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YOU DECIDE 2018: Learn about Osceola County Commissioner candidate Viviana Janer

Posted on Thursday, August 9, 2018 at 8:00 am

The Osceola News-Gazette believes it’s important for our readers to learn more about the local candidates wishing to represent them.
In the days leading up to the Aug. 28 primaries, we will run responses from candidates running for the following local public offices – Osceola County Commission, Kissimmee City Commission, St. Cloud City Council and the Osceola County School Board.
All candidates running these races were emailed questions a few weeks ago, and responses from those who met our deadline are shown below.

Candidate name: Viviana Janer

Viviana Janer

Running for: County Commission Seat 2
Current position / occupation: County Commissioner
Party affiliation: Democrat

What are your top priorities if you’re elected?

More affordable housing options. Bringing good paying jobs for Osceola citizens and training for those jobs.
Top-notch public safety. I am proud to have been endorsed by the Police Benevolent Association and the Osceola firefighters.

What do you believe is the most challenging aspect of Osceola County’s continued growth?
We must make sure developers pay for the impact they have on roads and other county services. That is why after I was elected we reinstated mobility fees on developers. In addition, new homes must be of high quality and more compatible with the environment. That is why I am leading the charge for more solar power in new homes. We also must make sure there is affordable housing available for our working class and seniors. I successfully pushed for a $1 million fund to promote affordable options for our residents and Cameron Preserve affordable housing community is opening this month.

What role should the government play in making affordable housing more accessible for Osceola County residents?
Osceola has taken a number of steps from partnering with private developers to build affordable housing complexes to providing down-payment assistance to renters. Recently, I led the effort to put aside an additional $1 million to help provide more affordable housing.

Thousands of Hurricane Maria evacuees arrived in Osceola County last year. Many have since said they intend to stay in the area. What role do you see these citizens playing in Osceola County’s future and what role should government play in assisting evacuees with this transition?
As a proud native of Puerto Rico, I was at the forefront of efforts to provide relief for our fellow American citizens from Puerto Rico seeking shelter after Maria. Osceola showed tremendous leadership by being one of the first in the state with a welcome center to guide them with their transition. Through partnerships, I secured food and water donations for our brothers and sisters in Puerto Rico that were flown to them after Maria. We will of course welcome those who choose to make Osceola their home and I will fight for them to receive their piece of the American Dream.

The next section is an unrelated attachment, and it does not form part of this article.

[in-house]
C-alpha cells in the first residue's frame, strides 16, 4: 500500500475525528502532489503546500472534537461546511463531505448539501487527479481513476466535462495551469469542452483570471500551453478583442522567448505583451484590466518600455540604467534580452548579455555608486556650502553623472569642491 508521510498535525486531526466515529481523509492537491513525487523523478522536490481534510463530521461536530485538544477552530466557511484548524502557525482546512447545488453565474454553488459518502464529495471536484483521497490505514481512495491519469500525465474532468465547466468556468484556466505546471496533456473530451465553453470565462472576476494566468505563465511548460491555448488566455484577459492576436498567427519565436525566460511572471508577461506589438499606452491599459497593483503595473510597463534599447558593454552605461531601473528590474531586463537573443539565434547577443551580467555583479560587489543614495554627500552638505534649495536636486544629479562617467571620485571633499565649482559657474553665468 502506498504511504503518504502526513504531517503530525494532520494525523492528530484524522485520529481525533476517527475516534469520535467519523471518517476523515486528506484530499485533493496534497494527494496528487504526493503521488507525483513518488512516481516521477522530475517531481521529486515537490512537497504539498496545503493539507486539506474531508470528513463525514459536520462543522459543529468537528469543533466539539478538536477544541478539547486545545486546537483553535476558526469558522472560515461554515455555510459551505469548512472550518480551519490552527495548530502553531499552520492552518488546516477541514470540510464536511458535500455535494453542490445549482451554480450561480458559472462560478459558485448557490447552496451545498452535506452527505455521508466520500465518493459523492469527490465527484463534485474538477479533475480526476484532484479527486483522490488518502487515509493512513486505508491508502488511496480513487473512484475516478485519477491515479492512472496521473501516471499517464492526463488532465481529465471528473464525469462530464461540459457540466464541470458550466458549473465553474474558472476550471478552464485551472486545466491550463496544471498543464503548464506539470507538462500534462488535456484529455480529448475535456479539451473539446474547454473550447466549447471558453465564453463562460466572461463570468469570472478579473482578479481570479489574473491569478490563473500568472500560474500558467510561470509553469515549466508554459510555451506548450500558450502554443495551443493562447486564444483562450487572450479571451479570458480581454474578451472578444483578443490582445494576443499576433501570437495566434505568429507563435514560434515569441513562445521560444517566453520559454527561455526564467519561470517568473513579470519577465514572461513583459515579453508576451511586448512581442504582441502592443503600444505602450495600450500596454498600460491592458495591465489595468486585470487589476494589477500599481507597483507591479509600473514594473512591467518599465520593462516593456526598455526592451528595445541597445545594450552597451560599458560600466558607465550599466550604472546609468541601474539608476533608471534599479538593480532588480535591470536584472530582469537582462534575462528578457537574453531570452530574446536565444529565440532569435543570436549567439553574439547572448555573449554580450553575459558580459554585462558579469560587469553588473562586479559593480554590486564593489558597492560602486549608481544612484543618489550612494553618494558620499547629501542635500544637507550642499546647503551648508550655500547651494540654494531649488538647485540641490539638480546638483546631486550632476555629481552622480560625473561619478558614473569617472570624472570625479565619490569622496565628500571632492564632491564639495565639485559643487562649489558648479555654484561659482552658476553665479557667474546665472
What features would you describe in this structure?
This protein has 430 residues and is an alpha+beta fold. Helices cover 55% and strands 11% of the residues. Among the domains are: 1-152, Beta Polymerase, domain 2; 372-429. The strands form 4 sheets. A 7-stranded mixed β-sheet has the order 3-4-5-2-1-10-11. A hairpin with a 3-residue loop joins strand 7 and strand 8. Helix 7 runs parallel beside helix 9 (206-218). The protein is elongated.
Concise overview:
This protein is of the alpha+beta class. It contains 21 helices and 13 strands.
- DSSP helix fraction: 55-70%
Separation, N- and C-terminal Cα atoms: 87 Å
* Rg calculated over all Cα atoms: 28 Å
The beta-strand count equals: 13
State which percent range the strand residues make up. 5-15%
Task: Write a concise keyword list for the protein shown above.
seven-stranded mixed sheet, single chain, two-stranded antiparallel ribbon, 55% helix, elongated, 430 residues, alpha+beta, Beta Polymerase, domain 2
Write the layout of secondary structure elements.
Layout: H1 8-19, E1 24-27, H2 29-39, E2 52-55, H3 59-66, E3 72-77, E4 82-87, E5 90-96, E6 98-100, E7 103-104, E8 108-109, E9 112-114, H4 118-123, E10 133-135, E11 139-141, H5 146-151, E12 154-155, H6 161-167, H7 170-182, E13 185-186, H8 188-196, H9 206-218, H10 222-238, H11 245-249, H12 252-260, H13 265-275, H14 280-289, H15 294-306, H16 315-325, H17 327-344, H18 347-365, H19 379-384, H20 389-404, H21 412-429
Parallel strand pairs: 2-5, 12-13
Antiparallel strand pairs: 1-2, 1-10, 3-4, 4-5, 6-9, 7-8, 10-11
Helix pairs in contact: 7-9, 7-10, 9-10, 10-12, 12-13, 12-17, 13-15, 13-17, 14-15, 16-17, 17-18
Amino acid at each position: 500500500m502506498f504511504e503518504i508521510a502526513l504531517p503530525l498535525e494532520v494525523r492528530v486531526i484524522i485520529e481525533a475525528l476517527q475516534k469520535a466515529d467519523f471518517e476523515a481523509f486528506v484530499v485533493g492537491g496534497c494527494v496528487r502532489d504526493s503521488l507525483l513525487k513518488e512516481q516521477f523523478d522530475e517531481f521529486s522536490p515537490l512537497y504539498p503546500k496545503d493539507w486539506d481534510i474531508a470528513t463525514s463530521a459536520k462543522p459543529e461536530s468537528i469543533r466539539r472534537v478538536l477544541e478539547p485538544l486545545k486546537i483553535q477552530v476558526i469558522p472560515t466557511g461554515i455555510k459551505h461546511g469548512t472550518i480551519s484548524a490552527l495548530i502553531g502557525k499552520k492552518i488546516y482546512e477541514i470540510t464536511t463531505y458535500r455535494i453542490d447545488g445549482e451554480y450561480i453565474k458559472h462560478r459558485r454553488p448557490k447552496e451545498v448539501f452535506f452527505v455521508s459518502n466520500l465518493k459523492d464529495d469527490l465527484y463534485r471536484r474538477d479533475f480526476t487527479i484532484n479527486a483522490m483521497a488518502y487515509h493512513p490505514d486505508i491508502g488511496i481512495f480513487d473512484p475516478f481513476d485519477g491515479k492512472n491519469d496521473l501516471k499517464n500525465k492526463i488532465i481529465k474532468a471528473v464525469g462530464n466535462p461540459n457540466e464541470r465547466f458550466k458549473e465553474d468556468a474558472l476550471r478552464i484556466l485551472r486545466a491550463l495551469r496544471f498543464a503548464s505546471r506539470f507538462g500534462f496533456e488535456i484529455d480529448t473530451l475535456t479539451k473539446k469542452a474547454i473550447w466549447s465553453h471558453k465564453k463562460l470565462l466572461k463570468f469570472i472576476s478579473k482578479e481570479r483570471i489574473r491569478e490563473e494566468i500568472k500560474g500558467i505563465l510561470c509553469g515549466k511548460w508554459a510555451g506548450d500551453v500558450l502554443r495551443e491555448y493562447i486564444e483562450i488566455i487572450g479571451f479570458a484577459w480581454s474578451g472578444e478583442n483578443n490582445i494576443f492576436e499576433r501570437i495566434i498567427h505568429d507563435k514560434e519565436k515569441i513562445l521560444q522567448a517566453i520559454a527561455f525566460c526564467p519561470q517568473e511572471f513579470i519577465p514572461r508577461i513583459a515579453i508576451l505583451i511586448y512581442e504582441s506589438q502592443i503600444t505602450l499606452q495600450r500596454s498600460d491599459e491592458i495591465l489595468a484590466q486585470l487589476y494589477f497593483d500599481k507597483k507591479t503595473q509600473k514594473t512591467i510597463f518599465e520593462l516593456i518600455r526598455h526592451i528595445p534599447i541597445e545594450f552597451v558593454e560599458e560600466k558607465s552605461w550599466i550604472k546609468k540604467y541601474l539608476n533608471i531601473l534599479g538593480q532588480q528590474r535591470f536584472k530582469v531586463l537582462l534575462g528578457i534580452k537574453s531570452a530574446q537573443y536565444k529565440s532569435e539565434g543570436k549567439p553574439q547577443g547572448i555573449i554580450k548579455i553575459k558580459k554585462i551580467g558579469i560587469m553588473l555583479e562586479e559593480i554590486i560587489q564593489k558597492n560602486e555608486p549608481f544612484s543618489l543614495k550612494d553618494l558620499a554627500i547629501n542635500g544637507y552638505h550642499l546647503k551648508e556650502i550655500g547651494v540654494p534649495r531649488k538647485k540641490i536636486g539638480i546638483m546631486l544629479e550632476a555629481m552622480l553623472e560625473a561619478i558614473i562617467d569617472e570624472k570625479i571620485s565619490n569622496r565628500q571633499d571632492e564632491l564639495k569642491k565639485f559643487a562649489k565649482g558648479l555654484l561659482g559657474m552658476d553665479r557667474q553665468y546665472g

When it comes to the tourism industry, what can local government do to attract new business investments and opportunities while still addressing the needs of current residents?
I am proud to serve as the chairman of our Tourist Development Council and am amazed at all the activity that is currently taking place in Osceola. Tourists are coming to Osceola in record numbers and there is good reason for that! With over $2 billion in new development along West 192, Osceola is doing a great job attracting visitors who are spending more and staying longer.

What motivated you to run for this position?
During President Obama’s re-election campaign in 2012, I walked door to door for his campaign and had the pleasure of meeting my neighbors in District 2. Many were disappointed in their representation and were looking for a voice and encouraged me to run for public office. I felt that with my background in accounting and track record of community service, I could ensure public funds were spent wisely and with compassion, so I stepped up to the plate.

What experience do you bring?
I am the first Hispanic woman to serve as an Osceola County commissioner and was proud to serve as the chairman of the commission. Currently, I am the chairwoman of the Central Florida Commuter Rail Commission (i.e. SunRail) and the chairwoman of the Tourist Development Council (TDC). I also serve on MetroPlan Orlando, LYNX, the Lynx Oversight Board, and the East Central Florida Regional Planning Council.
I was born in Rio Piedras, Puerto Rico, and raised in New York City. I earned a bachelor of business administration degree with a major in public accounting and later a master of business administration with academic honors. I have more than 20 years of experience in corporate accounting.
But the most important experience I bring is my relationship with the citizens of district 2. I believe listening to people is the best experience a commissioner can bring to the job.

What is the biggest obstacle facing Osceola County’s future and what role should local government play in solving it?
The biggest issue facing our community and others is having high paying jobs. That is why I am proud that we have invested in training and education. Osceola has helped to fund the Footsteps to Brilliance app that works at getting our youngest ready for school and reading. We have partnered with Valencia to build a new campus in Poinciana, and the Advance Manufacturing Training Facility. But our biggest investment has been in the BRIDG, a partnership with UCF that focuses on research and development of high tech sensors. These investments will help to give all the citizens in our community the opportunities of tomorrow.